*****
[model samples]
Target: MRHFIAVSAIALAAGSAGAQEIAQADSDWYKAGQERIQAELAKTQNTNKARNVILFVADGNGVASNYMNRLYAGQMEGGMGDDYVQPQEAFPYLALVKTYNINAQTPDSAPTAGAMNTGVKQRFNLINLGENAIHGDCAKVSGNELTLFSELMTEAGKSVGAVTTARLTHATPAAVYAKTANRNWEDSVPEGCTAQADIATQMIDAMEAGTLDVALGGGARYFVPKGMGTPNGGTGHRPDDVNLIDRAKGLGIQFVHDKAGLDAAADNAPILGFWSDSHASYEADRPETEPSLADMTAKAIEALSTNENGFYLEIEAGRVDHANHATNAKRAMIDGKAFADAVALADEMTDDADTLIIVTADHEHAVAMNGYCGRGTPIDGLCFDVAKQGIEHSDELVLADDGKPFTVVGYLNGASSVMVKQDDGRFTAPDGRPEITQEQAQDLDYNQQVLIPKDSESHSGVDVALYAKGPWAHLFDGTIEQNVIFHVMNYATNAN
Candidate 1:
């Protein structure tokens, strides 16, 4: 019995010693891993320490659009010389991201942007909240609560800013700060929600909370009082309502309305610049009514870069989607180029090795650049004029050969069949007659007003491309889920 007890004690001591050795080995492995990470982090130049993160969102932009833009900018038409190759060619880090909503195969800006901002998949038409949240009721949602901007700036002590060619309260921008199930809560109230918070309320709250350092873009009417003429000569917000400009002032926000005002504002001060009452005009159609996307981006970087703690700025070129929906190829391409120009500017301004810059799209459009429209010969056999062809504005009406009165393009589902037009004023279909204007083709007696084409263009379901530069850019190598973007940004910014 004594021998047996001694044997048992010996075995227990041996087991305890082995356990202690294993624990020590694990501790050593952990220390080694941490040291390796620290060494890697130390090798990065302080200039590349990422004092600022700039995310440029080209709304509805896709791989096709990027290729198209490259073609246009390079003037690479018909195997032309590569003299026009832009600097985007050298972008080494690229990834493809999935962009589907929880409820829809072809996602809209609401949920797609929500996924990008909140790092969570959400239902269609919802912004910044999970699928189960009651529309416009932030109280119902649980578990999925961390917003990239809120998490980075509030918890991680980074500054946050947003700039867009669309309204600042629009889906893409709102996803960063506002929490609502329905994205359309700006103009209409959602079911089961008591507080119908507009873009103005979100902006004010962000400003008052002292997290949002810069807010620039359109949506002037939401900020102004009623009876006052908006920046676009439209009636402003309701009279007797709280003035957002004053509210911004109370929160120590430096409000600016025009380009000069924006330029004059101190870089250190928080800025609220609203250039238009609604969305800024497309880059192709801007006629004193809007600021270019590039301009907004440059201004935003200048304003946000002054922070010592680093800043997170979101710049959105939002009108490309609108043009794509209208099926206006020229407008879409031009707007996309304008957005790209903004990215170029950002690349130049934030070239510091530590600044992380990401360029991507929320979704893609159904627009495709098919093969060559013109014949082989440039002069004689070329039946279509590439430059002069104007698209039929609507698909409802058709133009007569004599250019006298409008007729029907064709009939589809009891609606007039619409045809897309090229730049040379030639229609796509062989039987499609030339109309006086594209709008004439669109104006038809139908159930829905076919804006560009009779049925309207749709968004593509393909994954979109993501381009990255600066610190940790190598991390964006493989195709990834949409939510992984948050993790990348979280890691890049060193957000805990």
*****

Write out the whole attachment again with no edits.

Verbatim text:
[model samples]
Target: MRHFIAVSAIALAAGSAGAQEIAQADSDWYKAGQERIQAELAKTQNTNKARNVILFVADGNGVASNYMNRLYAGQMEGGMGDDYVQPQEAFPYLALVKTYNINAQTPDSAPTAGAMNTGVKQRFNLINLGENAIHGDCAKVSGNELTLFSELMTEAGKSVGAVTTARLTHATPAAVYAKTANRNWEDSVPEGCTAQADIATQMIDAMEAGTLDVALGGGARYFVPKGMGTPNGGTGHRPDDVNLIDRAKGLGIQFVHDKAGLDAAADNAPILGFWSDSHASYEADRPETEPSLADMTAKAIEALSTNENGFYLEIEAGRVDHANHATNAKRAMIDGKAFADAVALADEMTDDADTLIIVTADHEHAVAMNGYCGRGTPIDGLCFDVAKQGIEHSDELVLADDGKPFTVVGYLNGASSVMVKQDDGRFTAPDGRPEITQEQAQDLDYNQQVLIPKDSESHSGVDVALYAKGPWAHLFDGTIEQNVIFHVMNYATNAN
Candidate 1:
């Protein structure tokens, strides 16, 4: 019995010693891993320490659009010389991201942007909240609560800013700060929600909370009082309502309305610049009514870069989607180029090795650049004029050969069949007659007003491309889920 007890004690001591050795080995492995990470982090130049993160969102932009833009900018038409190759060619880090909503195969800006901002998949038409949240009721949602901007700036002590060619309260921008199930809560109230918070309320709250350092873009009417003429000569917000400009002032926000005002504002001060009452005009159609996307981006970087703690700025070129929906190829391409120009500017301004810059799209459009429209010969056999062809504005009406009165393009589902037009004023279909204007083709007696084409263009379901530069850019190598973007940004910014 004594021998047996001694044997048992010996075995227990041996087991305890082995356990202690294993624990020590694990501790050593952990220390080694941490040291390796620290060494890697130390090798990065302080200039590349990422004092600022700039995310440029080209709304509805896709791989096709990027290729198209490259073609246009390079003037690479018909195997032309590569003299026009832009600097985007050298972008080494690229990834493809999935962009589907929880409820829809072809996602809209609401949920797609929500996924990008909140790092969570959400239902269609919802912004910044999970699928189960009651529309416009932030109280119902649980578990999925961390917003990239809120998490980075509030918890991680980074500054946050947003700039867009669309309204600042629009889906893409709102996803960063506002929490609502329905994205359309700006103009209409959602079911089961008591507080119908507009873009103005979100902006004010962000400003008052002292997290949002810069807010620039359109949506002037939401900020102004009623009876006052908006920046676009439209009636402003309701009279007797709280003035957002004053509210911004109370929160120590430096409000600016025009380009000069924006330029004059101190870089250190928080800025609220609203250039238009609604969305800024497309880059192709801007006629004193809007600021270019590039301009907004440059201004935003200048304003946000002054922070010592680093800043997170979101710049959105939002009108490309609108043009794509209208099926206006020229407008879409031009707007996309304008957005790209903004990215170029950002690349130049934030070239510091530590600044992380990401360029991507929320979704893609159904627009495709098919093969060559013109014949082989440039002069004689070329039946279509590439430059002069104007698209039929609507698909409802058709133009007569004599250019006298409008007729029907064709009939589809009891609606007039619409045809897309090229730049040379030639229609796509062989039987499609030339109309006086594209709008004439669109104006038809139908159930829905076919804006560009009779049925309207749709968004593509393909994954979109993501381009990255600066610190940790190598991390964006493989195709990834949409939510992984948050993790990348979280890691890049060193957000805990």